Weeks have passed since an officer murdered George Floyd: another Black man who begged for his life, repeatedly saying “I can’t breathe.” A month has passed since an officer shot and killed Breonna Taylor: another Black woman killed by the police who isn’t receiving the same attention as her male counterpart.
George Floyd, Breonna Taylor, Wilmington’s own Jeremy “Bam” McDole and countless others remain in our collective consciousness because people refuse to stop saying their names. Every time a Black person is killed by the police, we’re reminded of our nation’s history and collective tolerance of racial violence. That stops with this generation.
We’re experiencing a critical turning point in an ongoing movement against police violence and systemic inequities that have adversely affected marginalized communities for centuries. COVID-19 has further exposed what marginalized communities have known and experienced for years and now, because of the pandemic, millions of people from all walks of life recognize systems designed to protect and keep us healthy are not living up to their purpose.
This is why hundreds of thousands continue to protest. George Floyd’s murder, in particular, has become a modern-day call to action and young leaders are answering that call, mobilizing diverse communities and amplifying their demands for policy change through a unified voice.
We are grateful for the wisdom and perseverance of previous generations who have laid the groundwork for civil rights and now, the next generation of leaders is prepared to build on the incremental progress made over the last few decades to accelerate change because we cannot bear to say one more person’s name. Generational change of leadership is inevitable. Now is the time for the seasoned and the fresh to come together to foster change.
The next generation of leaders possesses skills to leverage to ensure the powerful moment we witness today doesn’t become old news. We utilize social media to educate, empower, and mobilize thousands. We move beyond reacting to isolated incidents to addressing the root causes of systemic inequities. We innovate and think beyond the status quo. Most importantly, we are building an intersectional movement that acknowledges that racism, classism, sexism, and all forms of oppression are interconnected, meaning we all have a role to play in ensuring our nation changes for the greater good.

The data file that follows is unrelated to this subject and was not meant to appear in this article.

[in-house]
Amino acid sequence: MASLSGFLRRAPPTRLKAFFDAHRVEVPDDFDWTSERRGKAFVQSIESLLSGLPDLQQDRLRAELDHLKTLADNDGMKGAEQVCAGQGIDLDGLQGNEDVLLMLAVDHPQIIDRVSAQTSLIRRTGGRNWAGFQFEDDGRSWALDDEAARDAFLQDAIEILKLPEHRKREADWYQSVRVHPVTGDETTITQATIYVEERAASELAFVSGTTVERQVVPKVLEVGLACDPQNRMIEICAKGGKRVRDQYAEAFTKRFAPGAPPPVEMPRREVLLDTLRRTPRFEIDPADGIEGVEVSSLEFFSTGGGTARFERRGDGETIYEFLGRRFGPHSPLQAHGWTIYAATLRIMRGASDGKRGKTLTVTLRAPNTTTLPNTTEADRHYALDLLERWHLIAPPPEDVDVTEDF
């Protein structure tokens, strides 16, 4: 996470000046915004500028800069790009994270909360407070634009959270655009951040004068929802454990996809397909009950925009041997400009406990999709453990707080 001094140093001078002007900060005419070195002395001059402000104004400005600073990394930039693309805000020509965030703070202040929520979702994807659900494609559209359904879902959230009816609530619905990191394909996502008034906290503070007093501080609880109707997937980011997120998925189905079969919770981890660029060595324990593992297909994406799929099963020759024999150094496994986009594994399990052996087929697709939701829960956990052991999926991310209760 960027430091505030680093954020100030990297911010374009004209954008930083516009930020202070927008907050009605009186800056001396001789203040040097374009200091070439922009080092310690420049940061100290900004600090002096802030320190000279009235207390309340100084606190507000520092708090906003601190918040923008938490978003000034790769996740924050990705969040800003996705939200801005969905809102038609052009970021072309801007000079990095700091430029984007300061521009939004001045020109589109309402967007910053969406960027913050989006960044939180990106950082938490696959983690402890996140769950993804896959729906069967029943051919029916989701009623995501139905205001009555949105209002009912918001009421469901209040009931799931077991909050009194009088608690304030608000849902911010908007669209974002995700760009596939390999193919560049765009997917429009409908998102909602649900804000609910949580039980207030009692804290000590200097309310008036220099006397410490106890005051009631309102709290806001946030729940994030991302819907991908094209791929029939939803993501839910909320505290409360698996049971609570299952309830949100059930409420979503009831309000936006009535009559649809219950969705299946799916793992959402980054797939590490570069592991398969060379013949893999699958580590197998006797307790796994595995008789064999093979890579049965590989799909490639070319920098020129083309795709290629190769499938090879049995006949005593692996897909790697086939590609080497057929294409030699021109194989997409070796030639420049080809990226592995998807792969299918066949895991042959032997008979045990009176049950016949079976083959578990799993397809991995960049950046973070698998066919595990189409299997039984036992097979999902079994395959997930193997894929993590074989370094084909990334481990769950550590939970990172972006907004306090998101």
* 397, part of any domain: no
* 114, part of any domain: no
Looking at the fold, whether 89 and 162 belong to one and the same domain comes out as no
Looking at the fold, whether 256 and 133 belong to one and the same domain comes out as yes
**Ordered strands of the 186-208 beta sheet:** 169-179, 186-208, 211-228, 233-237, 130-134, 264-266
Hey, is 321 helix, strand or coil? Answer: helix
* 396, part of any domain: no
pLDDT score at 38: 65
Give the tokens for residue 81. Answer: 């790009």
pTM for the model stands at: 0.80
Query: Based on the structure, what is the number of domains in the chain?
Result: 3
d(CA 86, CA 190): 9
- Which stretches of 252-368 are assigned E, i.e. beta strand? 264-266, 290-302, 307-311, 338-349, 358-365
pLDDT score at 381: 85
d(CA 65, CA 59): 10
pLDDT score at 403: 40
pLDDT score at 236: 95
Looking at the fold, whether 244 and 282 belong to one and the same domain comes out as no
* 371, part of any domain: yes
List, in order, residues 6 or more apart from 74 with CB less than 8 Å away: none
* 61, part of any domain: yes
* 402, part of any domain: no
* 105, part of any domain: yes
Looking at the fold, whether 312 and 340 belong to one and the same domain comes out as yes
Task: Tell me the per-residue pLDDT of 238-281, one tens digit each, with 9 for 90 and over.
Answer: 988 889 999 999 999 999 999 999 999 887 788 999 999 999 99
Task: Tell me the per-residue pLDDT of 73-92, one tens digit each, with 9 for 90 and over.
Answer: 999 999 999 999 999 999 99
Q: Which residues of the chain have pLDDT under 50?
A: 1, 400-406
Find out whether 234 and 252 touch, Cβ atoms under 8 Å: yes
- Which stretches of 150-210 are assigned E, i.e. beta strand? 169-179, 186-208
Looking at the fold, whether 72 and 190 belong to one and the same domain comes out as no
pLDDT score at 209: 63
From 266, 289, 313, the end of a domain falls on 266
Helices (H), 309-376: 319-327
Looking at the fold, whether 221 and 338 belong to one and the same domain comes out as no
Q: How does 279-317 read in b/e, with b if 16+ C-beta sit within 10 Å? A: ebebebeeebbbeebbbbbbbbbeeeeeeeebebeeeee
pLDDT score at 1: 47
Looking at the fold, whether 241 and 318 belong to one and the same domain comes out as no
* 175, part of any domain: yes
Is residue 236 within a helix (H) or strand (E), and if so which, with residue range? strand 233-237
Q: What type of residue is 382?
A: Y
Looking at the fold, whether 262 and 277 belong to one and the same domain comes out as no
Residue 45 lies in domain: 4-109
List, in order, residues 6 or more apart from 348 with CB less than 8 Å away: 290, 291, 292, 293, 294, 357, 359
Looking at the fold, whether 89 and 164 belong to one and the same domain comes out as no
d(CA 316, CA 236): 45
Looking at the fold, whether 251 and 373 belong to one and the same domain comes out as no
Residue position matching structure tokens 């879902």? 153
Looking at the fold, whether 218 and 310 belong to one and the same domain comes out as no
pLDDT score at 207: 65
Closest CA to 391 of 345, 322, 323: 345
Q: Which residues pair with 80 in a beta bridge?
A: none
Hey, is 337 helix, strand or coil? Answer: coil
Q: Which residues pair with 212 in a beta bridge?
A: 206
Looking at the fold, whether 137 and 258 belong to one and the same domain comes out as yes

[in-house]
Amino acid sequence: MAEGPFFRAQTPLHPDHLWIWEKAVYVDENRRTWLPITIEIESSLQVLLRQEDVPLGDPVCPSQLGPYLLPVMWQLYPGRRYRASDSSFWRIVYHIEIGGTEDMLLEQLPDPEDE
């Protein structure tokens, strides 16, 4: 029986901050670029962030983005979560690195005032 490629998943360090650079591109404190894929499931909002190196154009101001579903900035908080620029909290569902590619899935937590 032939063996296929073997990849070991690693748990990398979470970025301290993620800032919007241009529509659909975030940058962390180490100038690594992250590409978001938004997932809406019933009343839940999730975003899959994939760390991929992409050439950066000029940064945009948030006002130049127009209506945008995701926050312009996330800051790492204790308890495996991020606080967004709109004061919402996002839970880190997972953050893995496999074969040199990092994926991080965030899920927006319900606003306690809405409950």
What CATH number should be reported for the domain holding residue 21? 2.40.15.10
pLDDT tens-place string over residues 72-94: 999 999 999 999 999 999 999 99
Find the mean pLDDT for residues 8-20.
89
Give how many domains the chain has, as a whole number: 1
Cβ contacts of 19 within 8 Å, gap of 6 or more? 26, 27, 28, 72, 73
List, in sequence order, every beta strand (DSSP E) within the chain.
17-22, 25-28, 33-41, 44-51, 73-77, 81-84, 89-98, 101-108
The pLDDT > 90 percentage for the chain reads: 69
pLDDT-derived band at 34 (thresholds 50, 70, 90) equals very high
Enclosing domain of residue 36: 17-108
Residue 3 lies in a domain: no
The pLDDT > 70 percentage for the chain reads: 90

George Floyd, Breonna Taylor, Jeremy “Bam” McDole and so many others will remain in our collective consciousness because my peers and I will work to ensure we all continue to #SayTheirNames. The heartbeat of the movement we’re seeing today has been led by the pulse of courageous young leaders and it’s imperative that those currently in power welcome, foster, and cultivate a relationship with the next generation, encouraging emerging leaders to carry this movement forward. A multi-generational leadership approach will only propel this movement forward, leading to substantive change.
For decades, our voices haven’t been heard at the tables where policies are developed, so we’re building our own table where diverse young leaders can craft a blueprint for change and ensure the generation that comes after us doesn’t have to fight the battles we face today. Seasoned leaders must utilize their political will to meet young leaders where they are, as a virtue of a leader is knowing when to empower the ideas of others to reach our common goal — change.
We can begin to make concrete change by first reexamining the culture that permeates systemic oppression, racism, and injustice. Current leaders must ask themselves these questions: How am I using my power to make a difference? Does my company encourage diversity and inclusion in the workplace? How can Delaware’s Democratic Party ensure our democratic process is just? The conversation must change. We must look within ourselves. We must do more.
A new demand for change is coming from those who have failed to be protected by systems for decades, people who have found a voice to finally say “enough is enough — my time is now!”
It’s time to have a real conversation about race and inequity in Delaware: One that welcomes new perspectives from leaders who are comfortable having uncomfortable conversations. This conversation must be followed by policy changes that address not only police violence, but issues that perpetuate systemic inequity, such as poor school systems, access to quality health care, meaningful opportunities for youth, access to healthy food, and much more.
It is time to embrace the voices and talents of the next generation of leaders. We are ready to lead that change. It’s time that we do this together.